On April 4, 2017, in Vasquez v. Smith’s Food & Drug Centers, Inc., the U.S. District Court for the District of Arizona denied summary judgment on Juanita Vasquez’s disability discrimination and retaliation claims under the Americans with Disabilities Act (“ADA”). Vasquez alleged that that Smith’s Food & Drug Centers (“Smith’s”) had discriminated against her based on her disability by failing to accommodate her fibromyalgia and terminating her for her use of a previously approved accommodation. The court found that disputes of material fact remained which required that the case proceed to trial.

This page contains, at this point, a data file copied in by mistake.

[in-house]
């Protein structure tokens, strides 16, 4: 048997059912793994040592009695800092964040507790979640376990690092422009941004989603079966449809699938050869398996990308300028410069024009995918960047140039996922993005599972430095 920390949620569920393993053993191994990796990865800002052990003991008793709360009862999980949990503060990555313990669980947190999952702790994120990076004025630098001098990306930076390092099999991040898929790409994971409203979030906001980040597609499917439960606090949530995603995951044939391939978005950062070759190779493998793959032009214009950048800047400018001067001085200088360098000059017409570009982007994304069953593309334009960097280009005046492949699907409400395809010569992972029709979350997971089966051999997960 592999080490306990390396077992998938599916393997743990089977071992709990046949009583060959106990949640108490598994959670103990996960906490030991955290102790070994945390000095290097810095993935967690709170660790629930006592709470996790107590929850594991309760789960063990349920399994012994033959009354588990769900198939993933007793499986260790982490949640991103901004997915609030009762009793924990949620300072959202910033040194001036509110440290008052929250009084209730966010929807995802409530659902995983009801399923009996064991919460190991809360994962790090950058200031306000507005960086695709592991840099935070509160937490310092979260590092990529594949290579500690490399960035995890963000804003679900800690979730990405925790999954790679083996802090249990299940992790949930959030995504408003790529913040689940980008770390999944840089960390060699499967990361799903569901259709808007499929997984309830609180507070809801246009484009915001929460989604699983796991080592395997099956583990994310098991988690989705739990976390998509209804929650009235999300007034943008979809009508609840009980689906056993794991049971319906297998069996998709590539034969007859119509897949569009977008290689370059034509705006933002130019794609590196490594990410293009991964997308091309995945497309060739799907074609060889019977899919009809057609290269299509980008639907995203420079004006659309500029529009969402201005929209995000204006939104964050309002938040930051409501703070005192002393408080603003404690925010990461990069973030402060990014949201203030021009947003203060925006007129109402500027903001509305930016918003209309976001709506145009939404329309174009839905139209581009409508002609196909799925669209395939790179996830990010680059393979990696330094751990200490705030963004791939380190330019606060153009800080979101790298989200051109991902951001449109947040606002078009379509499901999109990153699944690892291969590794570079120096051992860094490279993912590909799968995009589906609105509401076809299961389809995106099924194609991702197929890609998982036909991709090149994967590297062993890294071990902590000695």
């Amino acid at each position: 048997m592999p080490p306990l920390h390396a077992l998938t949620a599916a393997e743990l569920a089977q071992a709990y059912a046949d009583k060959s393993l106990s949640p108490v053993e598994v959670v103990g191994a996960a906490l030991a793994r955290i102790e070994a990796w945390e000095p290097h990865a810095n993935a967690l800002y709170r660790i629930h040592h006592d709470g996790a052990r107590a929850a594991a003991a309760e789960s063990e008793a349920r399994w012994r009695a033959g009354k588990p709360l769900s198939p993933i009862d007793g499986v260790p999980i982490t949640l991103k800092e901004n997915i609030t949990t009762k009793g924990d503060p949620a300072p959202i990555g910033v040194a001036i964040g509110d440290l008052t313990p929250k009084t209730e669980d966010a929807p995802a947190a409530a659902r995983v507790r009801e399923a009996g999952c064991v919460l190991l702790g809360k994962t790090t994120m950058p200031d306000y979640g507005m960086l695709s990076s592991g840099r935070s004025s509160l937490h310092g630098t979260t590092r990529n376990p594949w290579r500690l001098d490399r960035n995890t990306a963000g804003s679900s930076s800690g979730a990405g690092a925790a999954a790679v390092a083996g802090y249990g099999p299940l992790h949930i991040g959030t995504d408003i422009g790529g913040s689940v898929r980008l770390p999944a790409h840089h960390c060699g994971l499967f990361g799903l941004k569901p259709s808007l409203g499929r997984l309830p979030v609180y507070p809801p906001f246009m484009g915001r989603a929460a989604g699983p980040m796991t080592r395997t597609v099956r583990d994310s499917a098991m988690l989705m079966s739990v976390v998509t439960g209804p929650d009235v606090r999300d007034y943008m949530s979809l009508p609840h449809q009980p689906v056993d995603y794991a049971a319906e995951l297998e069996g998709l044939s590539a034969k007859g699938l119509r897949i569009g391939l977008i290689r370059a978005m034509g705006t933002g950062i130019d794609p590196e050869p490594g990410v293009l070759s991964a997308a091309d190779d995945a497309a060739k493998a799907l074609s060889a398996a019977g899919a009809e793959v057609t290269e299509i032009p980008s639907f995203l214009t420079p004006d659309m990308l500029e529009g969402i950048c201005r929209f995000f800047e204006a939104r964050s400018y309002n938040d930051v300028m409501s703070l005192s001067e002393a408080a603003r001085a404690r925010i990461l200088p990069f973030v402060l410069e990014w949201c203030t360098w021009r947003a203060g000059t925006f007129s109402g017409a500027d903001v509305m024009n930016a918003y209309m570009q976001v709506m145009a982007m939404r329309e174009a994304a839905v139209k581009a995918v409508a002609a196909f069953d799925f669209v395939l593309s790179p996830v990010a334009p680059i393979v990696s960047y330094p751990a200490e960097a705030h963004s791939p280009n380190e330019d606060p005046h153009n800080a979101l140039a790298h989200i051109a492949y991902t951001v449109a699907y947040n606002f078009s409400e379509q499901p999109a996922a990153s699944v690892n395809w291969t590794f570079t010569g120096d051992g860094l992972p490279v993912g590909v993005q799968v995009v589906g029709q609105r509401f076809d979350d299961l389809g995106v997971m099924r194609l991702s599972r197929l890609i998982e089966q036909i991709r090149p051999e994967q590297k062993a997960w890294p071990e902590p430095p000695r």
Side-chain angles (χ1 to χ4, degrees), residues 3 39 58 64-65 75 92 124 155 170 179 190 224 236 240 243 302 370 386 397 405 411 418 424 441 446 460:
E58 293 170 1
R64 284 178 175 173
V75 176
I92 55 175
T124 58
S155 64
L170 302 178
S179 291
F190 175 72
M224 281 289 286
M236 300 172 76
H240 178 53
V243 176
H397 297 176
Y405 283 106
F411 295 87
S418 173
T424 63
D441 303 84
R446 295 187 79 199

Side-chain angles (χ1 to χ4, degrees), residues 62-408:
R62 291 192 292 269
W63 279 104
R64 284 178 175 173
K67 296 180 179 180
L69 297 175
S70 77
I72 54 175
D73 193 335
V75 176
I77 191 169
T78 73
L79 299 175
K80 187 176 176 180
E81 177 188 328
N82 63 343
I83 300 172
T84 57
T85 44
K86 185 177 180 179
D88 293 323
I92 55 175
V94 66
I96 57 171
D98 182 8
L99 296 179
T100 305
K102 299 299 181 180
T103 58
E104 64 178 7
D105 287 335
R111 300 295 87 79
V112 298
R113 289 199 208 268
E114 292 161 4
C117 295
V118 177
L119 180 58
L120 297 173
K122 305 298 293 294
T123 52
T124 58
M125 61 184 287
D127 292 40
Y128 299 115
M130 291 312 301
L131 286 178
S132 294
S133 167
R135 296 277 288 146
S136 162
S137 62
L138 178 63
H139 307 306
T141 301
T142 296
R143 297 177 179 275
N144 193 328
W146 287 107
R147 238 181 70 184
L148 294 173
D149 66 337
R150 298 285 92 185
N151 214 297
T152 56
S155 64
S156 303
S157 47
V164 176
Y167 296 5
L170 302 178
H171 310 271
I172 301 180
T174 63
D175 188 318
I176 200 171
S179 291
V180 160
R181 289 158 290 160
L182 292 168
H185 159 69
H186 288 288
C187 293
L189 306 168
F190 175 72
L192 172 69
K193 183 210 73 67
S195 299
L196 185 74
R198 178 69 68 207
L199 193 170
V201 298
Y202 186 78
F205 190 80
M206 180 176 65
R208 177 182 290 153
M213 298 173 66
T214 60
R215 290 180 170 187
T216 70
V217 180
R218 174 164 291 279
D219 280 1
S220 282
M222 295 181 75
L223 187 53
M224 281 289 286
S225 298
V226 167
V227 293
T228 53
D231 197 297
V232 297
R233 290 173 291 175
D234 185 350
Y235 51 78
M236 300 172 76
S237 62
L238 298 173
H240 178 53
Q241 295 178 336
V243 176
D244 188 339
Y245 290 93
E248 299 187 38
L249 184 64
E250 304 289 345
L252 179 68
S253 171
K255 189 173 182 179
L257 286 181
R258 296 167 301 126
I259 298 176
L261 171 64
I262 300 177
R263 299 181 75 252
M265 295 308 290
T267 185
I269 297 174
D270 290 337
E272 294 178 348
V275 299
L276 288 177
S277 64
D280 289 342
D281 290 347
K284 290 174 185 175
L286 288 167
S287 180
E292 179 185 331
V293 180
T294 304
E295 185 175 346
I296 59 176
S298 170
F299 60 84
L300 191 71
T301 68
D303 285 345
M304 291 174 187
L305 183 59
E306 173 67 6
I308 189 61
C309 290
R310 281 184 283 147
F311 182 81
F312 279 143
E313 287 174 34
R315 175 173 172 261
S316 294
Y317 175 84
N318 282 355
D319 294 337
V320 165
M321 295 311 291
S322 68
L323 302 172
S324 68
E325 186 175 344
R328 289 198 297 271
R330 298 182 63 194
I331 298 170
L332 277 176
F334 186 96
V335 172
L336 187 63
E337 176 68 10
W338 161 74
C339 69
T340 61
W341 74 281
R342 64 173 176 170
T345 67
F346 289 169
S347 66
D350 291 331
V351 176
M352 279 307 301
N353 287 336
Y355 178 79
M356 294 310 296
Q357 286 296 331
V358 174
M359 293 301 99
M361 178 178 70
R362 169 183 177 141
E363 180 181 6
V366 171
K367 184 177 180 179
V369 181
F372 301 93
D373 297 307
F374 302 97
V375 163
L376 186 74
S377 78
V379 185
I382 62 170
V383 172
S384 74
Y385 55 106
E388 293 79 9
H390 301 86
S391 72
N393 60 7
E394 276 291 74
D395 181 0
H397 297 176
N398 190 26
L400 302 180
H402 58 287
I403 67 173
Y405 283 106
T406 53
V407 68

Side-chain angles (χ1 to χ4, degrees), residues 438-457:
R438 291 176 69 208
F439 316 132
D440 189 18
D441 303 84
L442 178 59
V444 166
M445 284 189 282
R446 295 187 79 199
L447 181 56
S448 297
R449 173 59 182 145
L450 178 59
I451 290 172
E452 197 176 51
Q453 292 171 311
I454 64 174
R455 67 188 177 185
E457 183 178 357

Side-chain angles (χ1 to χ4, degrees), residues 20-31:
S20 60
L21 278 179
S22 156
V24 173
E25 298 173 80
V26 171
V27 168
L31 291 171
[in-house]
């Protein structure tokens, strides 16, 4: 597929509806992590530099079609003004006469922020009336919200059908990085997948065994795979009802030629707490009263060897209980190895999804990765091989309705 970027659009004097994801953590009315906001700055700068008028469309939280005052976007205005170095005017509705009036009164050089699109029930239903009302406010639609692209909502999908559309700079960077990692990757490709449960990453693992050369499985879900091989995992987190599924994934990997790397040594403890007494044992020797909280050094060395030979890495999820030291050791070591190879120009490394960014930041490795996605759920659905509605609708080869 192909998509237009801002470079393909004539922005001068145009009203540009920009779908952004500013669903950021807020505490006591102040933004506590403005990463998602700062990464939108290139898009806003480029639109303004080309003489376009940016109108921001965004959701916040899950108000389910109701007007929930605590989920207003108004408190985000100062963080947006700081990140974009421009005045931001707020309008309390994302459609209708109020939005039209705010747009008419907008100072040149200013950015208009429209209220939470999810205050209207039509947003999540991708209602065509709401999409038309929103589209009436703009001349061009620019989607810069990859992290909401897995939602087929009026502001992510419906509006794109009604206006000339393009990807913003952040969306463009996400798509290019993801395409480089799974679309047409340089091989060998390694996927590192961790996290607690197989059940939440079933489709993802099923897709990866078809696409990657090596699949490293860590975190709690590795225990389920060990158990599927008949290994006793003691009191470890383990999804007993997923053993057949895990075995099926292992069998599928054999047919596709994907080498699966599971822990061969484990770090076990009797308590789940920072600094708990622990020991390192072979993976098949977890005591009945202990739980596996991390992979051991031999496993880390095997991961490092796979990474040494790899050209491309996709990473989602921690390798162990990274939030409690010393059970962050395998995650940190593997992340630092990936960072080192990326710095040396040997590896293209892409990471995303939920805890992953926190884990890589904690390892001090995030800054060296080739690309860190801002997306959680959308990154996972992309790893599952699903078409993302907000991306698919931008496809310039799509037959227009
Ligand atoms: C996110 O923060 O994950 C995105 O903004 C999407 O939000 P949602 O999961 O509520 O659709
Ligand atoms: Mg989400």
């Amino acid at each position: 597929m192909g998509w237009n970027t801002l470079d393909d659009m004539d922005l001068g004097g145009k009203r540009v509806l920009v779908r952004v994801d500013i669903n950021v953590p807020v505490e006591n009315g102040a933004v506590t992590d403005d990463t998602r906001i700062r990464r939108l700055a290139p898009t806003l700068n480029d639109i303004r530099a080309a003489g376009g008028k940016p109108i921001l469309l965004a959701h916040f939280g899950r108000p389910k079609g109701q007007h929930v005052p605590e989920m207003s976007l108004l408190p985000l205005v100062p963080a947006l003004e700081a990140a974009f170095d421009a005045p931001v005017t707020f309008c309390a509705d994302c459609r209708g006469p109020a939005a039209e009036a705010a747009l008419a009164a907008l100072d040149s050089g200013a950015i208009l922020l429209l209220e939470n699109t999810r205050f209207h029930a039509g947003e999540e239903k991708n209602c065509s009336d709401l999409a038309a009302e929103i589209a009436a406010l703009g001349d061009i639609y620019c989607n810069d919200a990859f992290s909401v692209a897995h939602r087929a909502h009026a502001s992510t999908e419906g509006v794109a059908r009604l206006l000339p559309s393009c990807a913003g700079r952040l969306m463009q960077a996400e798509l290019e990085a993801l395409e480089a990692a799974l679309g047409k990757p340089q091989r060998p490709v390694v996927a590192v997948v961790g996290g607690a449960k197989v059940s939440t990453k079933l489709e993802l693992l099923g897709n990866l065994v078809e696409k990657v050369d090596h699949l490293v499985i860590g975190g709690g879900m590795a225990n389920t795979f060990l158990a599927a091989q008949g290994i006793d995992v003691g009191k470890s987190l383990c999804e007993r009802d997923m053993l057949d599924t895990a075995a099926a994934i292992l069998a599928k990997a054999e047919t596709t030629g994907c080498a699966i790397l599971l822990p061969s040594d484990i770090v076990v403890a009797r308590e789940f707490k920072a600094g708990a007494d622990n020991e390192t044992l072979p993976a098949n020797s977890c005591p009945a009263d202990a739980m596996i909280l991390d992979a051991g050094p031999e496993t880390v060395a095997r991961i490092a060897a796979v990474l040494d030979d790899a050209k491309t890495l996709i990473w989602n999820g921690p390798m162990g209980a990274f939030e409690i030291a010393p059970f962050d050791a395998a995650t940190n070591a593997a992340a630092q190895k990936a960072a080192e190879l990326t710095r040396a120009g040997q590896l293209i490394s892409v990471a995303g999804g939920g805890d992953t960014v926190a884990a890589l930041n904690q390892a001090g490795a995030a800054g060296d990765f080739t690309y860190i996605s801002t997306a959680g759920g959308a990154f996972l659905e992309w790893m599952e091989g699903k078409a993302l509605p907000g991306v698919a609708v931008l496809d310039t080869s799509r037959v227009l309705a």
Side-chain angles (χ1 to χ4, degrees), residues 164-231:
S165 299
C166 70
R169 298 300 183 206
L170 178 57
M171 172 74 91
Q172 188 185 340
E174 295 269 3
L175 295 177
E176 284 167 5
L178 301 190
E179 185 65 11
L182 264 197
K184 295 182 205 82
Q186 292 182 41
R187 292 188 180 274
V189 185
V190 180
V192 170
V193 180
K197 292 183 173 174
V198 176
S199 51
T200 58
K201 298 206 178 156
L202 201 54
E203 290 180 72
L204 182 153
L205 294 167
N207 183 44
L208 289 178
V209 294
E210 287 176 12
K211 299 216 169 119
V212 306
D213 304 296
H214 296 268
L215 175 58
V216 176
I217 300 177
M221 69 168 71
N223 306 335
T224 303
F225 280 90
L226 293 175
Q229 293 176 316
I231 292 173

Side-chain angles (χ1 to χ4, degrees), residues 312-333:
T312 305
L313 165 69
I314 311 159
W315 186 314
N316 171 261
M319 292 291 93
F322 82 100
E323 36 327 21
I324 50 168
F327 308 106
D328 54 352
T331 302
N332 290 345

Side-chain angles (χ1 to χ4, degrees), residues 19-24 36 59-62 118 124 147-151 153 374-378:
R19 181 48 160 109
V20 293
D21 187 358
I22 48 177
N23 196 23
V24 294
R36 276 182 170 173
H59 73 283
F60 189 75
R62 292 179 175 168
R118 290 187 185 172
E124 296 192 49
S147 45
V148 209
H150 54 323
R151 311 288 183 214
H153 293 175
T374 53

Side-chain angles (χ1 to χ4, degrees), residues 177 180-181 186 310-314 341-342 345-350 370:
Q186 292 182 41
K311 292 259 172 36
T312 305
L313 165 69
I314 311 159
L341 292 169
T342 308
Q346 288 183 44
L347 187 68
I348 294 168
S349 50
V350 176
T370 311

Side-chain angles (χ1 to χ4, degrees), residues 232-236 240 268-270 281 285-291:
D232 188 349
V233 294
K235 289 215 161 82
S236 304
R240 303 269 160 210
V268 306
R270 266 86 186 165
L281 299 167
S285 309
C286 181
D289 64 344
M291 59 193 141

In 2009, Vasquez, a 17–year Smith’s employee, was diagnosed with fibromyalgia, a chronic condition which causes musculoskeletal pain, fatigue, disordered sleep, and memory and mood problems. Vasquez’s primary care physician completed a “Medical Accommodation Questionnaire” to submit to Smith’s after her diagnosis, stating that Vasquez could not stand for more than two hours, lift over ten pounds, or bend and stoop frequently. These restrictions disqualified Vasquez from working in certain positions at Smith’s, such as cashier roles, but Frank Orozco, the store manager at Vasquez’s location at the time, assigned her to work as a courtesy clerk and administrative secretary to accommodate her disability-related limitations.